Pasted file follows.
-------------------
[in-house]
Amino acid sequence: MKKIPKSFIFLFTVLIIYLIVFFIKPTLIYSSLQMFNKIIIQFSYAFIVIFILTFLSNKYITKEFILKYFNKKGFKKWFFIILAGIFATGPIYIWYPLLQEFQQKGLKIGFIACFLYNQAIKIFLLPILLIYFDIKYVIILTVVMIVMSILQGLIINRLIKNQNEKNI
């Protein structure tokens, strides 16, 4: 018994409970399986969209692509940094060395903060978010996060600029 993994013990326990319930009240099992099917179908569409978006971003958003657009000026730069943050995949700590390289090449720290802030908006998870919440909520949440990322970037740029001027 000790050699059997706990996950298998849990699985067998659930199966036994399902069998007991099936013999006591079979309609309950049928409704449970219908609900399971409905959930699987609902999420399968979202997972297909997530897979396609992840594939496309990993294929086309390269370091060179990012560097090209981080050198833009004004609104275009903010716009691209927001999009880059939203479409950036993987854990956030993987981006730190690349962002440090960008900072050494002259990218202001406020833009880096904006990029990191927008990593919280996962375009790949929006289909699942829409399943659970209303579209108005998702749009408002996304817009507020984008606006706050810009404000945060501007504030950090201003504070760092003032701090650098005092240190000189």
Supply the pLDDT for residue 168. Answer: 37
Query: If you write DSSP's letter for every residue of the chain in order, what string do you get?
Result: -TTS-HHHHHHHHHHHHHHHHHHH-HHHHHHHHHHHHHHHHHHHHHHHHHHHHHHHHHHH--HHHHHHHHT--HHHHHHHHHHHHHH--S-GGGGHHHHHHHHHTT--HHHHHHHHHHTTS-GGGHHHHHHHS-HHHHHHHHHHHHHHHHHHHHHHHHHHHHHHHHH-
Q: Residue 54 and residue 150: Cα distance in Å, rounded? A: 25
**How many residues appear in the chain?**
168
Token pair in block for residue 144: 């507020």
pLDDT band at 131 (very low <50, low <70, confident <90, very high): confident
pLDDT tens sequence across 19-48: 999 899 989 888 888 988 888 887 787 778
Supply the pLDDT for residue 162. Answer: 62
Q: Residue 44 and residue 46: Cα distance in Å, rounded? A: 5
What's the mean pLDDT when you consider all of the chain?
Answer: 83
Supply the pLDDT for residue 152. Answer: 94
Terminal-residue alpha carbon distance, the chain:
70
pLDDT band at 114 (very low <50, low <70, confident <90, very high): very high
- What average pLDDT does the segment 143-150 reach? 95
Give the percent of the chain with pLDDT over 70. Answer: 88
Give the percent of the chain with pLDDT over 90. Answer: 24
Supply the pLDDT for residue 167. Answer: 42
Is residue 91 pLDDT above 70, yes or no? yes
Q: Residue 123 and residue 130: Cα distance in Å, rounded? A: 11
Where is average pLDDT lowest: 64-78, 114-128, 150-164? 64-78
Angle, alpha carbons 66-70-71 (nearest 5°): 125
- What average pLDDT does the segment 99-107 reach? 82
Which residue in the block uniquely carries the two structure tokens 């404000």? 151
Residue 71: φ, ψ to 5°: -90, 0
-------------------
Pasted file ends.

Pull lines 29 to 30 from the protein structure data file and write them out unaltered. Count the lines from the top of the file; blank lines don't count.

- What average pLDDT does the segment 99-107 reach? 82
Which residue in the block uniquely carries the two structure tokens 């404000």? 151